While applying old lessons to new situations can limit your creativity, the brain’s inclination for seeking patterns can encourage innovation, too.

This will serve you well in creative thinking as long as you question your assumptions and try to find patterns where there aren't any.

Cross Train Your Brain

Try a new activity within your field or related to it; you’ll expand your neural connections and strengthen your brain overall.

If you’re a novelist, try your hand at poetry. If you’re a painter, dabble in sculpting. If you’re a computer scientist, play around with web design.

Do Some Other Mundane Activity

Doing something boring, like showering, doesn’t require substantial cognitive effort, so our brains are free to wander. 

And a brain “at rest” isn’t really resting at all. Mind-wandering may allow the conscious to give way to the subconscious, so the brain can connect disparate ideas.

Sleep On It

If you’re feeling stuck on a problem, try going to bed. You just might have a more creative solution in the morning.

When we’re in REM, our brains are better able to integrate unassociated information, which is essential to creative thinking (and can explain why dreams are so bizarre).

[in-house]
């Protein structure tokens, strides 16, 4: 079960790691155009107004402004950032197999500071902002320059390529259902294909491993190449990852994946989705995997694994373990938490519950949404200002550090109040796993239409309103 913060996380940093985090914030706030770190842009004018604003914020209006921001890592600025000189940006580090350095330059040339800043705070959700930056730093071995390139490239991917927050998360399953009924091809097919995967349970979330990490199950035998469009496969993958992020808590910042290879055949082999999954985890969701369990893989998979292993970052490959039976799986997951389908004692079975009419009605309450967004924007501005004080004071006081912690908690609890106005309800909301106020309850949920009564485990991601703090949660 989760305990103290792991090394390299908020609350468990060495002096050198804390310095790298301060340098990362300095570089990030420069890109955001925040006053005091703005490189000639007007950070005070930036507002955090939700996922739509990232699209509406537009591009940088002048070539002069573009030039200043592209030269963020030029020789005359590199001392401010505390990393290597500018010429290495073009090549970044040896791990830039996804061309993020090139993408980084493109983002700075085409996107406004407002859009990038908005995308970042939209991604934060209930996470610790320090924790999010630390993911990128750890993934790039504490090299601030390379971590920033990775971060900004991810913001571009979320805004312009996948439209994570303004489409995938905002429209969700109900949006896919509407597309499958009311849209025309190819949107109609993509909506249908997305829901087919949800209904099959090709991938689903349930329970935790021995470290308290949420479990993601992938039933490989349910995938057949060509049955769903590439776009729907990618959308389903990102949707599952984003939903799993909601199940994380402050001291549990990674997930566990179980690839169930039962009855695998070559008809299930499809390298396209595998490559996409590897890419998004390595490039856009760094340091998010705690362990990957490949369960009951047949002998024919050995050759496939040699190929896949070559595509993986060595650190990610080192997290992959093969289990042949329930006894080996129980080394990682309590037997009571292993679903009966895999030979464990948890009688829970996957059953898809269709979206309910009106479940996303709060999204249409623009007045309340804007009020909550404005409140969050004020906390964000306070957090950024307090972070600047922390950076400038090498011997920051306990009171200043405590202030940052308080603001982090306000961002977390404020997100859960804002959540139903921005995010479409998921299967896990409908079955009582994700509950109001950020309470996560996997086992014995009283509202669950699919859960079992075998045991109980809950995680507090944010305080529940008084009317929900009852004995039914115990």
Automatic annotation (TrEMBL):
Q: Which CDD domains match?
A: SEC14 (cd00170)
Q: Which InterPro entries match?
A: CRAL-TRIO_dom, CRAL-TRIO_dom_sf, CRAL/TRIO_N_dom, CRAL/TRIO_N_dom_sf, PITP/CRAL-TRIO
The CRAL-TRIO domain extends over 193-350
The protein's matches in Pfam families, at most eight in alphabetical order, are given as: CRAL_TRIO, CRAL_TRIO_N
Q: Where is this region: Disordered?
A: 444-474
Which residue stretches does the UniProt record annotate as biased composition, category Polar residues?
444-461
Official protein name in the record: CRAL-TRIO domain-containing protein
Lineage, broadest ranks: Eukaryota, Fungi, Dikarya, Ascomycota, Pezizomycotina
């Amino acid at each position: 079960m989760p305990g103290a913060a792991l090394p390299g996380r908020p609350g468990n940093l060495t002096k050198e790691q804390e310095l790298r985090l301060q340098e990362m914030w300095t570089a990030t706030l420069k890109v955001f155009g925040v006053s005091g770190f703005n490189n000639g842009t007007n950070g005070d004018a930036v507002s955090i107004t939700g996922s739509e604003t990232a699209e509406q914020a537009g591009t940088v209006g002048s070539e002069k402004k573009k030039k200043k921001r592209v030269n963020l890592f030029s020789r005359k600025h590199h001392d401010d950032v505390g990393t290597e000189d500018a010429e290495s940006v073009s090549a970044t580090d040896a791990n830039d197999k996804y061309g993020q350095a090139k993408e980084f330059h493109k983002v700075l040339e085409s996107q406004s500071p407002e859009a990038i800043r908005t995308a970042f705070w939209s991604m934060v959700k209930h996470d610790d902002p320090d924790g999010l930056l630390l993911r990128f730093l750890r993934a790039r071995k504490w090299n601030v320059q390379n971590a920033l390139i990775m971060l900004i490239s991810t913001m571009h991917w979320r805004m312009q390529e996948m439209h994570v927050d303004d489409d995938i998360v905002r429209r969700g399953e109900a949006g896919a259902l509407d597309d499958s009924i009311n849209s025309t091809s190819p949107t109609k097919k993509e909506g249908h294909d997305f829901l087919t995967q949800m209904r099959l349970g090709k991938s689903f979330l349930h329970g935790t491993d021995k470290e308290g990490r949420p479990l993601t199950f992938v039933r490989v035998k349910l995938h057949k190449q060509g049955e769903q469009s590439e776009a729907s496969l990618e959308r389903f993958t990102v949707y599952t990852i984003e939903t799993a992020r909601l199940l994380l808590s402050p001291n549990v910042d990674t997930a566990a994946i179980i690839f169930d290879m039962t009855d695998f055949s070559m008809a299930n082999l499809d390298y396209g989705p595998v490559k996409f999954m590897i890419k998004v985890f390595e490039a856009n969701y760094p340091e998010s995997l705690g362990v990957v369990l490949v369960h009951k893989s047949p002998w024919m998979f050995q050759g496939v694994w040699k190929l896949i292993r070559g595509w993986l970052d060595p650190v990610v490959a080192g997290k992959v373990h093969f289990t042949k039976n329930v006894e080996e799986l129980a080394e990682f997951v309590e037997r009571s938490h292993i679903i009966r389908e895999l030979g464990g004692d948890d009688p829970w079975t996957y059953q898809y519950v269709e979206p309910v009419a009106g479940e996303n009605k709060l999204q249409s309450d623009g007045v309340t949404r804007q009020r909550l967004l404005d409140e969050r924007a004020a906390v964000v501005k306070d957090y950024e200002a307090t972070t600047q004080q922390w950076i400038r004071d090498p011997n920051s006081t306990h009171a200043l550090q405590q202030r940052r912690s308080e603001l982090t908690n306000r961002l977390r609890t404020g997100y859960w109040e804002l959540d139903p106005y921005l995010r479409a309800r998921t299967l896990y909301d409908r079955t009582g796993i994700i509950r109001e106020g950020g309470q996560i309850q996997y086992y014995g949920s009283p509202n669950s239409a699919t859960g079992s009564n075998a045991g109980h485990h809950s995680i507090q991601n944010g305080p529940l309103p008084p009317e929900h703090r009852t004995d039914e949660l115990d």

Indulge Your Inner Copycat

Get inspired by someone else’s creations:

  • If you’re suffering from writer’s block, buy a pack of word magnets and rearrange them until you come up with creative phrases on your fridge.
  • If you’re building a product and you're stuck in the design phase, search for competitors who have made similar products, find where their customers are unhappy, and design something new that solves the problems your competitors failed to address.

If You Need A New Way Of Thinking

... use combinatory play to give your brain a boost:

  • Participate in creative cross-training to expand your brain’s neural connections.
  • Let your mind wander by doing something mundane, like taking a shower.
  • Go to bed and let your subconscious mind connect the dots during REM sleep.
  • Use another person’s work as a springboard for inspiration and improvement.